Recent stratigraphic studies in three widely separated localities in southeastern Idaho and western Utah have revealed a startling continuity of both individual rock units and of rock sequences over a distance of some 300 mi parallel to the strike of a late Precambrian and Cambrian depositional trough. Between 15,000 and 25,000 ft of beds were deposited in the axis of the trough, whereas only 1000 to 3300 ft of correlative rocks were laid down on the shelf to the east. In several areas a diamictite is present near the base of the sequence; this is underlain locally and overlain generally by argillites containing lenticular limestones and dolomites; these in turn are succeeded by quartzitic rocks containing a thick grayish-red to maroon unit—the Mutual Formation. In each area the sequence includes, at the top, quartzites typical of the basal Cambrian. Deposition in the basin was essentially continuous from late Precambrian into Cambrian time but was interrupted by uplift and erosion on the shelf. The hinge line of the ancient seaway is inferred to have coincided roughly with the present “Wasatch line,” but erosion prior to deposition of the Tintic Quartzite has removed most of the data needed to establish this with certainty.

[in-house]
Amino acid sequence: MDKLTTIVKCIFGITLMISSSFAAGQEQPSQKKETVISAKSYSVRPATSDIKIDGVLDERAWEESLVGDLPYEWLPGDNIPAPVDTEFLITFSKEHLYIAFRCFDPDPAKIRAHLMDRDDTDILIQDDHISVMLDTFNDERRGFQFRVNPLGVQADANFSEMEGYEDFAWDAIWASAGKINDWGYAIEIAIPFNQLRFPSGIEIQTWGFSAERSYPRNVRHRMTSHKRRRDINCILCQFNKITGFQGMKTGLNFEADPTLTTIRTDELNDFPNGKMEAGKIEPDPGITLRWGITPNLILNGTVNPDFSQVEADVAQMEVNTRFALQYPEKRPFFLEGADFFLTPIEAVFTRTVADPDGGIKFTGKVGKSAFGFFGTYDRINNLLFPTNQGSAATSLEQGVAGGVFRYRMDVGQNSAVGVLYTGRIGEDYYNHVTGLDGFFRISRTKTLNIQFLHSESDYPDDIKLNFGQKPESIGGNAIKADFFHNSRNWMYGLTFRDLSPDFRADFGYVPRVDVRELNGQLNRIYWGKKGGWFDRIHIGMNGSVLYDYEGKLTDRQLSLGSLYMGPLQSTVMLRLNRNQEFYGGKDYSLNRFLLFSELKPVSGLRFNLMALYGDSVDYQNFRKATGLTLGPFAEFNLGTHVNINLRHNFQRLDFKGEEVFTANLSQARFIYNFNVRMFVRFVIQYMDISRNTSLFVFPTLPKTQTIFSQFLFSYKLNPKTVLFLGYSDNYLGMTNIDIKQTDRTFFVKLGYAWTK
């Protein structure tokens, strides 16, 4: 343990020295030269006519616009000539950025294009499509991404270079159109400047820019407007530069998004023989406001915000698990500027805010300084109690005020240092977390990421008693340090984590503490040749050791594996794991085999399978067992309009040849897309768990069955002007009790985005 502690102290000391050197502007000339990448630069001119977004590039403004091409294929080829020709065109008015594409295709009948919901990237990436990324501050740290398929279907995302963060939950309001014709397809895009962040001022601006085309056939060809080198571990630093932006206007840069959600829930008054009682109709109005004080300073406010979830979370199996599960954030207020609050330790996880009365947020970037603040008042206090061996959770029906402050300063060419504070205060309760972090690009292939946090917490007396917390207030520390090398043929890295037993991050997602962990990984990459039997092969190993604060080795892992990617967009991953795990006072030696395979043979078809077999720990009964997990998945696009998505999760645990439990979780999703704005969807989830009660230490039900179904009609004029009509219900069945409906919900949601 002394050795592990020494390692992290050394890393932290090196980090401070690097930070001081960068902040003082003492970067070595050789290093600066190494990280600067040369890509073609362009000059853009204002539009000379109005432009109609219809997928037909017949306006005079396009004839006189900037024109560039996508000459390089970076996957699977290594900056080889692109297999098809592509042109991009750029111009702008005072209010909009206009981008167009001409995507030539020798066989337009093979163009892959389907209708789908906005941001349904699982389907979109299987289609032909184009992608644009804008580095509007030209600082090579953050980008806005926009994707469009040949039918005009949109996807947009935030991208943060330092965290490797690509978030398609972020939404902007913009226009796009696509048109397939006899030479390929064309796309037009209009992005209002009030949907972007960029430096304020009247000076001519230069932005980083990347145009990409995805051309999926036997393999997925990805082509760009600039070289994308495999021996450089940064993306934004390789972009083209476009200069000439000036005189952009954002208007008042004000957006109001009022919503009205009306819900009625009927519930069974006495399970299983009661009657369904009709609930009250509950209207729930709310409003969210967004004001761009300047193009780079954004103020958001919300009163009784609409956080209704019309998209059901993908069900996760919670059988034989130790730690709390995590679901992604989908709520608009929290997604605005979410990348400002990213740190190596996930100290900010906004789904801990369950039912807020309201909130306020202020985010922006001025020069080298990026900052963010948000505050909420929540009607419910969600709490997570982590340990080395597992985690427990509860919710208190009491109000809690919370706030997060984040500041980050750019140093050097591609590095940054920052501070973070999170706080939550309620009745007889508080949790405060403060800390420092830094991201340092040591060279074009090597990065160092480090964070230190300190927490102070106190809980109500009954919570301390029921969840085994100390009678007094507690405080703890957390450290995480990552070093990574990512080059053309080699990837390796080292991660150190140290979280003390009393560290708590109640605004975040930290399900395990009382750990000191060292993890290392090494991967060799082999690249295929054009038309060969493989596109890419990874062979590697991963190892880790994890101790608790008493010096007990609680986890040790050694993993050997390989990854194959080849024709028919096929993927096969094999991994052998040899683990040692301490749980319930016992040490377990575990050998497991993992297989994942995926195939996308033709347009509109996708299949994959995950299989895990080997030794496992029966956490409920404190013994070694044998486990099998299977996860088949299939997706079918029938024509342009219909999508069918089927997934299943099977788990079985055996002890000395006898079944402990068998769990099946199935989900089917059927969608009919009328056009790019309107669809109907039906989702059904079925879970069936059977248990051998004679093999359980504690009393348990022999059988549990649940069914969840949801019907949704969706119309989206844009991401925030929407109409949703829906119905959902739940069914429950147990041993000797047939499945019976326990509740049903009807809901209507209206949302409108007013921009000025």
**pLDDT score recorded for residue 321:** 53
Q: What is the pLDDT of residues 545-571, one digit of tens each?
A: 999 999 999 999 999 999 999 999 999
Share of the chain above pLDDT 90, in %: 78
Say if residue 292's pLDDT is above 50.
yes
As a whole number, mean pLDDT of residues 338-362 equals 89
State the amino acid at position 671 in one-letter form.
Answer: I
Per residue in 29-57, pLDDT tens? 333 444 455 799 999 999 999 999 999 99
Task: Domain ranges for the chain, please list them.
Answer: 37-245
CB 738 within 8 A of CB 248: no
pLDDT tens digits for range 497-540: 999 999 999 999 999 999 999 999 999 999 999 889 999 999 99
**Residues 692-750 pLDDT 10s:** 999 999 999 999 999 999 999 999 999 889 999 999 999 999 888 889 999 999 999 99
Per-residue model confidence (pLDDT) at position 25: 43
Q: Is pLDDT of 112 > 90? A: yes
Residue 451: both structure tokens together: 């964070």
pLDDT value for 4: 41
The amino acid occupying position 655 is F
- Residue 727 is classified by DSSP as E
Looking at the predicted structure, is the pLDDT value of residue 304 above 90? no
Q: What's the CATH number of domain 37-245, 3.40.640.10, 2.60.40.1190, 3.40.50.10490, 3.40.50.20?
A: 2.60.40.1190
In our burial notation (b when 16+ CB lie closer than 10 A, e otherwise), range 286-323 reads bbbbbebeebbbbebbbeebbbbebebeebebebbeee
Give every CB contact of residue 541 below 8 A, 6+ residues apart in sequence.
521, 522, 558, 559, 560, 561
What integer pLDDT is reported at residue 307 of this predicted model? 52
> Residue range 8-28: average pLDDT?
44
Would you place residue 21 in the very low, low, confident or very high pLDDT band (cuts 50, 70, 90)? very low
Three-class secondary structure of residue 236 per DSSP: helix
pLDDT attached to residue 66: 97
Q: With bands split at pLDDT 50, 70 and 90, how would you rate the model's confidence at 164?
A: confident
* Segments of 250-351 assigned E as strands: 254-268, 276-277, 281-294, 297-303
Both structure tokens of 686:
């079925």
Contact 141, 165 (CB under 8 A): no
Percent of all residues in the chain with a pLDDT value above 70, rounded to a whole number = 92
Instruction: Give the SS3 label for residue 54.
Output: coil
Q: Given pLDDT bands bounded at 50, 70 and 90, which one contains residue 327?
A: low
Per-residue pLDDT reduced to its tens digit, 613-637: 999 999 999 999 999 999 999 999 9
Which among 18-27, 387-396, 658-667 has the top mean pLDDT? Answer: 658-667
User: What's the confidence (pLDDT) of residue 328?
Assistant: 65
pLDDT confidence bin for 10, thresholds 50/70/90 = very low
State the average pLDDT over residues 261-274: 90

Rocks in each of the three areas described here in detail are regarded as allochthonous and appear to have been thrust eastward during the Sevier orogeny. A precise reconstruction of the sedimentary basin must therefore await not only additional stratigraphic studies in such areas as the Promontory Range of Utah and the Bannock and Malad Ranges of southern Idaho, but also final resolution of the structural events.